The warts usually appear as a small bump or group of bumps in the genital area. They are flesh-colored and can be flat or look bumpy like cauliflower. Some genital warts are so small you cannot see them. In women, the warts usually occur in or around the vagina, on the cervix, or around the anus. In men, genital warts are less common.
Genital warts in women: Symptoms, causes, and treatment
Because it's often difficult to detect genital warts, your doctor may apply a mild acetic acid solution to your genitals to whiten any warts. Then, he or she may view them through a special magnifying instrument, a colposcope. In a Pap test, your doctor uses a vaginal speculum to hold your vaginal walls apart.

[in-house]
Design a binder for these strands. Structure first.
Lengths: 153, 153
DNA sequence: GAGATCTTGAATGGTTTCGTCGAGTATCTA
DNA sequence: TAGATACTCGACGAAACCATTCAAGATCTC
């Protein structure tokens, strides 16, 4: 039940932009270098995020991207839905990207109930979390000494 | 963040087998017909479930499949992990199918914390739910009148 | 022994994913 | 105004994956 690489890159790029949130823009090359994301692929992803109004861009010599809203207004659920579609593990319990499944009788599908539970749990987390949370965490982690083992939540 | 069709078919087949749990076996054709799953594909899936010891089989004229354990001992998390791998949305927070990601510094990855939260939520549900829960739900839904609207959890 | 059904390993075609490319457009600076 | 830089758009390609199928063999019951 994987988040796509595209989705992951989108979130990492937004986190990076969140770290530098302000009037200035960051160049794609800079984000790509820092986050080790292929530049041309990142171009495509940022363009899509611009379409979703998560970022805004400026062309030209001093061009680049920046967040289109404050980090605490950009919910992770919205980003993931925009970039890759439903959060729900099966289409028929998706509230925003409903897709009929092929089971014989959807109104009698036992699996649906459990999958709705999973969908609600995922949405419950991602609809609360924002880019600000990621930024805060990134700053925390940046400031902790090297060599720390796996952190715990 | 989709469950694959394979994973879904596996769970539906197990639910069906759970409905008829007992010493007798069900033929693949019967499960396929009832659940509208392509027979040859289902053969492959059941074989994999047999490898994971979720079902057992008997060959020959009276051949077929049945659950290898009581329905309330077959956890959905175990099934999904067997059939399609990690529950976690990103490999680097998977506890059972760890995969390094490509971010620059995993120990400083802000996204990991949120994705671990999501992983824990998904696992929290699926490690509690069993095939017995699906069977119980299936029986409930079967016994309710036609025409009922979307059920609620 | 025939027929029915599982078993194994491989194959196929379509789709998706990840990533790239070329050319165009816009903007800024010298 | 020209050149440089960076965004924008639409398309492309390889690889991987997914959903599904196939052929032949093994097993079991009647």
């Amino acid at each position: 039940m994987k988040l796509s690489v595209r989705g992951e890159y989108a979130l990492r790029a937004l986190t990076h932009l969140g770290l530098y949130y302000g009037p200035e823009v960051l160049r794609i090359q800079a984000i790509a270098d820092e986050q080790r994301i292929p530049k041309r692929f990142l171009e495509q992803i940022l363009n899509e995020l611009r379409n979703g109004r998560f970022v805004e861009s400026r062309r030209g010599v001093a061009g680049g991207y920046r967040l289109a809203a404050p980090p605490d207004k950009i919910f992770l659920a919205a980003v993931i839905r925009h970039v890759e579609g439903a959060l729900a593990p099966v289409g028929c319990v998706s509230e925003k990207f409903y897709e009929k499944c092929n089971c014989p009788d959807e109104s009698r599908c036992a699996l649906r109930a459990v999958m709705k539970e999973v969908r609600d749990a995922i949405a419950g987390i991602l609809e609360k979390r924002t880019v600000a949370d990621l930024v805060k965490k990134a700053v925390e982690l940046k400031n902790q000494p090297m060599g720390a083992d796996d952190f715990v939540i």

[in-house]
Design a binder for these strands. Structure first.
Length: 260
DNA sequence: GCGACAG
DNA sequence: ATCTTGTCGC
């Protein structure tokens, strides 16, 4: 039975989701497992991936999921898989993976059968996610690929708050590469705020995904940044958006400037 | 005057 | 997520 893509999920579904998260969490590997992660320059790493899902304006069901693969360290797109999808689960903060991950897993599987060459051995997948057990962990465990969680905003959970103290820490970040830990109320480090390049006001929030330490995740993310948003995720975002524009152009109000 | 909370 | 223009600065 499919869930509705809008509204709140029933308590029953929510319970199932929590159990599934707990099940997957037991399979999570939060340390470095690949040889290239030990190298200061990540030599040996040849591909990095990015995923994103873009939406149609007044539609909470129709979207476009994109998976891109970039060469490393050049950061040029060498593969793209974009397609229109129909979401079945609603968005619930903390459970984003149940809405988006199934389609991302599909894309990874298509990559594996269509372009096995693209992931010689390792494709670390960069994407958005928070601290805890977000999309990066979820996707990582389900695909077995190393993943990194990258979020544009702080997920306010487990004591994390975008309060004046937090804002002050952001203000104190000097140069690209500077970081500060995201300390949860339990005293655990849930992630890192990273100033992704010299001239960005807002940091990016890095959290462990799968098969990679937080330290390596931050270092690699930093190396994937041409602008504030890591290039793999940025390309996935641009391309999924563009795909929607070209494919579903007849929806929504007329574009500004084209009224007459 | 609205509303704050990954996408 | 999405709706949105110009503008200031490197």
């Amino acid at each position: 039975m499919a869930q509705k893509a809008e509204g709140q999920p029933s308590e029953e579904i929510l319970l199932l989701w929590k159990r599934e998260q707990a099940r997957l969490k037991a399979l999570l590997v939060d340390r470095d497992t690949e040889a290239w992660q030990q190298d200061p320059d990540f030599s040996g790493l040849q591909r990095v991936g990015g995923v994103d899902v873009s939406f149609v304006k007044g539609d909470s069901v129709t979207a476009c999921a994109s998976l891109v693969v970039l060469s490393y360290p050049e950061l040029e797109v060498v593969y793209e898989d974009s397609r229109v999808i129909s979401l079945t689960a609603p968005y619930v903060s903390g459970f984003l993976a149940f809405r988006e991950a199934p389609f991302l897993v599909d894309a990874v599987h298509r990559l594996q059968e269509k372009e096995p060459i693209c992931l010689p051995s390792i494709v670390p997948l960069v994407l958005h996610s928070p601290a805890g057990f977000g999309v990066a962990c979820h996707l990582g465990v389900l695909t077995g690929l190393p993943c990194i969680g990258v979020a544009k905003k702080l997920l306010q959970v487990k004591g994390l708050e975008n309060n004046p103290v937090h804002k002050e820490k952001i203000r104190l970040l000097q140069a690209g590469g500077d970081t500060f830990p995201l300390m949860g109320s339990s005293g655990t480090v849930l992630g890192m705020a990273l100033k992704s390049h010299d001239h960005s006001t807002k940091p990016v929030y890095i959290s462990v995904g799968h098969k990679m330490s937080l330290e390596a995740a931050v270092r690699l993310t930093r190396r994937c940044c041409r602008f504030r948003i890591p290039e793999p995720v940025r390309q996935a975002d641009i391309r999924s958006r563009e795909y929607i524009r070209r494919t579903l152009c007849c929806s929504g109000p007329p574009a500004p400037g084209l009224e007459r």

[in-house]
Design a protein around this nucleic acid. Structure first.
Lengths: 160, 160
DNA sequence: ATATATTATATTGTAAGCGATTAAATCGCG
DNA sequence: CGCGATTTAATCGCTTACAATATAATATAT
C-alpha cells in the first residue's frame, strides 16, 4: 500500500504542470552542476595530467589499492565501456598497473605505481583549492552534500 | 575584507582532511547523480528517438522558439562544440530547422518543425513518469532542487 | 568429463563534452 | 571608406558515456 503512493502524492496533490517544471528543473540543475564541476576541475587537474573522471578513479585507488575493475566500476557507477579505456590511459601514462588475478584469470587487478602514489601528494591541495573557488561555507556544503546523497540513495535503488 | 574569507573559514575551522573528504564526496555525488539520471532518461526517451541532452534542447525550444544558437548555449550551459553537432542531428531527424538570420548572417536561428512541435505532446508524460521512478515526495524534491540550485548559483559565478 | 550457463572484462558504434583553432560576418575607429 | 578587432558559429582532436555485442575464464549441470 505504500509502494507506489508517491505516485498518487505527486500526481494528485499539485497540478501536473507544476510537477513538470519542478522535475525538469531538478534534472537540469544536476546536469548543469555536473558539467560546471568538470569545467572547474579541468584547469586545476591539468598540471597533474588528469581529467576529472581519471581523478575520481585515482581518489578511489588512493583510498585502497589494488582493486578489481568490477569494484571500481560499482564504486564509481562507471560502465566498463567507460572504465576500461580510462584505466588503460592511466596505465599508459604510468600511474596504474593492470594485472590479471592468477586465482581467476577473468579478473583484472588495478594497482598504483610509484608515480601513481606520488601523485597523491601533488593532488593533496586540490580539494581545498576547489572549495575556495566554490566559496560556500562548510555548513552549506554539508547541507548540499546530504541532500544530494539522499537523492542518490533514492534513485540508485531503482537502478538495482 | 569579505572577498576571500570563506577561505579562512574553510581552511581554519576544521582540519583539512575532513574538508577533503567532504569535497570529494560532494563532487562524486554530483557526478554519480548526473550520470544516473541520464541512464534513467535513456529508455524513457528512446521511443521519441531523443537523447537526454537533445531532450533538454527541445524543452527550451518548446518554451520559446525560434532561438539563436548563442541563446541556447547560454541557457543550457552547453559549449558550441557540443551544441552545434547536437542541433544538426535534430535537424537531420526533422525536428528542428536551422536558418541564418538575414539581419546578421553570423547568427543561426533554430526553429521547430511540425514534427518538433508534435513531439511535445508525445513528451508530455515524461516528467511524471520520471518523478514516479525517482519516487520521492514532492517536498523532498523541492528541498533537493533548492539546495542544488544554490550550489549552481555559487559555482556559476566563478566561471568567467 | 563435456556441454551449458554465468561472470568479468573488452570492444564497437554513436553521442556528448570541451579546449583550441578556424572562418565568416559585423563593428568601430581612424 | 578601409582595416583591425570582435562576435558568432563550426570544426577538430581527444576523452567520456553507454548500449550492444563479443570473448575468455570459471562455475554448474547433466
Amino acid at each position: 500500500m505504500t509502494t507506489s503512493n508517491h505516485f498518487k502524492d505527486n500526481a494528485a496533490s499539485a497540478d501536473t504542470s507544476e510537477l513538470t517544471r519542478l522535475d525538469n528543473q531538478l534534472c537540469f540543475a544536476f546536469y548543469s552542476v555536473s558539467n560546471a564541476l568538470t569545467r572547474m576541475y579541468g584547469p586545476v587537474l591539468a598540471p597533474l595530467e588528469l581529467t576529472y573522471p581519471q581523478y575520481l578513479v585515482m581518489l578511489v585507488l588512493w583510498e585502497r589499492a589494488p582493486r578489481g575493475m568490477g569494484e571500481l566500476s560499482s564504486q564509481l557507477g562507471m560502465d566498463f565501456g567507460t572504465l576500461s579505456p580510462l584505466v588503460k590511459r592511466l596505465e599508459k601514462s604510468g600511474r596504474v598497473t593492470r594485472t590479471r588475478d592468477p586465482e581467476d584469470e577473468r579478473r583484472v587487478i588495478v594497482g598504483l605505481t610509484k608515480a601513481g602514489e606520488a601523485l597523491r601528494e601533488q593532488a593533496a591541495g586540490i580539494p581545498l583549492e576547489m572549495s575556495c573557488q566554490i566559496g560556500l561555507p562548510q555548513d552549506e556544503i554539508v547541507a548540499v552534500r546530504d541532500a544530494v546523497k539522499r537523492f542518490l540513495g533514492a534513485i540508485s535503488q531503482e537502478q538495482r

Back to Health A to Z. Genital warts is a common sexually transmitted infection STI passed on through vaginal, anal and, rarely, oral sex. Treatment from a sexual health clinic can help them go away. You can see a GP, but they'll probably refer you to a sexual health clinic if they think you might have genital warts. They'll often get test results quicker than GP practices, and you do not have to pay a prescription charge.